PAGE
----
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Always being prepared to make a defense to anyone who asks you for a reason for the hope that is in you; yet do it with gentleness and respect, having a good conscience (1 Peter 3:15b-16a ESV)

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1/08/2005

This Week in Church History 

January 3, 1560.

The death of Peder Palladius.

"Who?" you ask? Good question; Palladius isn't the best-known reformer, after all. He never gained the notoriety of Luther or Calvin, or even Zwingli. But the reform he brought to Denmark was just as important as their work.

Palladius was a student himself when the Reformation started, and was heavilly influenced by the writings of Phillip Melanchthon, travelling to Wittenberg to study under the great reformer. He devoted his life to Reformed teachings, and to service of the Church.

Denmark was split by civil war because of the influence of Protestantism. Catholic citizens refused to be ruled by a Protestant King (understandibly, since their nation could suffer interdiction, when Sacraments were witheld from the citizens by the Church), and revolted. Christian III defeated the Catholic forces and became the first Protestant King of Denmark. Christian proved to be a rather tolerant king, one of the few Protestant monarchs who didn't actively persecute the Catholics in his kingdom.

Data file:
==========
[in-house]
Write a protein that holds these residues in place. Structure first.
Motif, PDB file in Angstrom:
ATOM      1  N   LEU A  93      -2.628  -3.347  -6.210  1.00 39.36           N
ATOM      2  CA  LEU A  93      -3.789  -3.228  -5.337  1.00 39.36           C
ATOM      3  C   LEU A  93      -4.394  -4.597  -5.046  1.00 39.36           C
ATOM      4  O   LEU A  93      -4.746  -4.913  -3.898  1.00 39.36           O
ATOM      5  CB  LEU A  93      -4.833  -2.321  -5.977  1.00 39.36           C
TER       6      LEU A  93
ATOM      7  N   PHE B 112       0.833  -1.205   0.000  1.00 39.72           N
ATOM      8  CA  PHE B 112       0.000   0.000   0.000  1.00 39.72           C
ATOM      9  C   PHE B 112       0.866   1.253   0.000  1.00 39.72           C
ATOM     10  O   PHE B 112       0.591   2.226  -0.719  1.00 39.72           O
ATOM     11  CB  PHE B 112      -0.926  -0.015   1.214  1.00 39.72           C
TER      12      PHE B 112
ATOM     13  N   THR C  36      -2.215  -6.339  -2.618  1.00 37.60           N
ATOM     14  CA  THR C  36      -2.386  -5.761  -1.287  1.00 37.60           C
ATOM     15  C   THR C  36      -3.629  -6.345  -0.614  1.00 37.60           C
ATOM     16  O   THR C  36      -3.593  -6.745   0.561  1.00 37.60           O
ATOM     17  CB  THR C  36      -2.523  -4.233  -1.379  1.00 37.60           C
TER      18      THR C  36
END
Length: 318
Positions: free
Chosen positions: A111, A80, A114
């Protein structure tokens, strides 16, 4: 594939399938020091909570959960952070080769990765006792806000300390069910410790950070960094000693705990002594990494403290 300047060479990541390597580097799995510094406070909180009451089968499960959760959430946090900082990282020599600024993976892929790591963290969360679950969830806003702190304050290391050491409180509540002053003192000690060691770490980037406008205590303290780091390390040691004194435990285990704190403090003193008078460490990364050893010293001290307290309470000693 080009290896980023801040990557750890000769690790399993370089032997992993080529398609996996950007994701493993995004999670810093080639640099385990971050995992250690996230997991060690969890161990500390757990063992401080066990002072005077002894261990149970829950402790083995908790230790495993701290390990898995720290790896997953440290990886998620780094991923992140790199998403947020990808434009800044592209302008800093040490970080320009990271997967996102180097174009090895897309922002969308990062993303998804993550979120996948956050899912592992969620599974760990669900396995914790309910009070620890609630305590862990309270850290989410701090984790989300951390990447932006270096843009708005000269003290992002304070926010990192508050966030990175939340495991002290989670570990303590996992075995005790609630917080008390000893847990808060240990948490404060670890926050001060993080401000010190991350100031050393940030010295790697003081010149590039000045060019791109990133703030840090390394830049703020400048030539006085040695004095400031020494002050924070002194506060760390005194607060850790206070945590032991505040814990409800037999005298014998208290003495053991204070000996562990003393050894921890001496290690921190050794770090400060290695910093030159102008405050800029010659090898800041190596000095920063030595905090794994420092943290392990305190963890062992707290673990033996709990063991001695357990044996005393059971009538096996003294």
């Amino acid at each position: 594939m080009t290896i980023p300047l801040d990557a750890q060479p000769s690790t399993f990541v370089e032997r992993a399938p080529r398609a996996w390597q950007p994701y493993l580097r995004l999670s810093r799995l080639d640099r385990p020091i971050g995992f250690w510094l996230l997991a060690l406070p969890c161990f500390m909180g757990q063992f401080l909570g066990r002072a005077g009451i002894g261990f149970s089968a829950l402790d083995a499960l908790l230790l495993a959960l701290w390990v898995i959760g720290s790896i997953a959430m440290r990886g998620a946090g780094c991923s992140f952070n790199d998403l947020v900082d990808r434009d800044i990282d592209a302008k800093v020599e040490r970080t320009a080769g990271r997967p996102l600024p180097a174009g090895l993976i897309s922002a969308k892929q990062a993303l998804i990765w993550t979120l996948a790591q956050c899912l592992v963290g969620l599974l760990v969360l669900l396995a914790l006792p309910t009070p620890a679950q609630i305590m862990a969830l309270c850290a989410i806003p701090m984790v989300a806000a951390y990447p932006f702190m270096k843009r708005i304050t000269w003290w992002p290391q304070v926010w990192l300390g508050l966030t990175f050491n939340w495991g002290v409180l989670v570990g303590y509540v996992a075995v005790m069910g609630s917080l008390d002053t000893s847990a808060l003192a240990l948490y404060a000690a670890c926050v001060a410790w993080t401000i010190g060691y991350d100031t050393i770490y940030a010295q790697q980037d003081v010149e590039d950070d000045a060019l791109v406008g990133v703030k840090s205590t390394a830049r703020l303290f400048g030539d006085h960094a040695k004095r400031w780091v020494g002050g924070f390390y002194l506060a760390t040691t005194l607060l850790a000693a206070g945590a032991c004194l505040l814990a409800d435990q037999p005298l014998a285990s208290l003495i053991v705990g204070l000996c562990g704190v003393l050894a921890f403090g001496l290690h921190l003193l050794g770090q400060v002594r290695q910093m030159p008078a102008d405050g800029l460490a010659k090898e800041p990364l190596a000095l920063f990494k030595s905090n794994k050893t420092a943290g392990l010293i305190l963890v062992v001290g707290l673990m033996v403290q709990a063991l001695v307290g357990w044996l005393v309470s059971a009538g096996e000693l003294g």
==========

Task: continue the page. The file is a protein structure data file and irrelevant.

Palladius completed his studies in 1537 and was appointed to the highest church office in Denmark by the king. He proved to be not only a devoted bishop but also a porlific teacher and writer. He never forced conversion on anyone, but taught with love -- letting the Holy Spirit do the work of conversion.

The Reformation was a time of great turmoil in Europe; wars were regularly fought between Protestant and Catholic forces, both claiming to be the true faith. The example of Palladius (and the other reformers <-- requires Acrobat) in Denmark show that the Holy Spirit will work when we allow Him to, and that (contrary to popular belief) not all religion requires violence in it's service.


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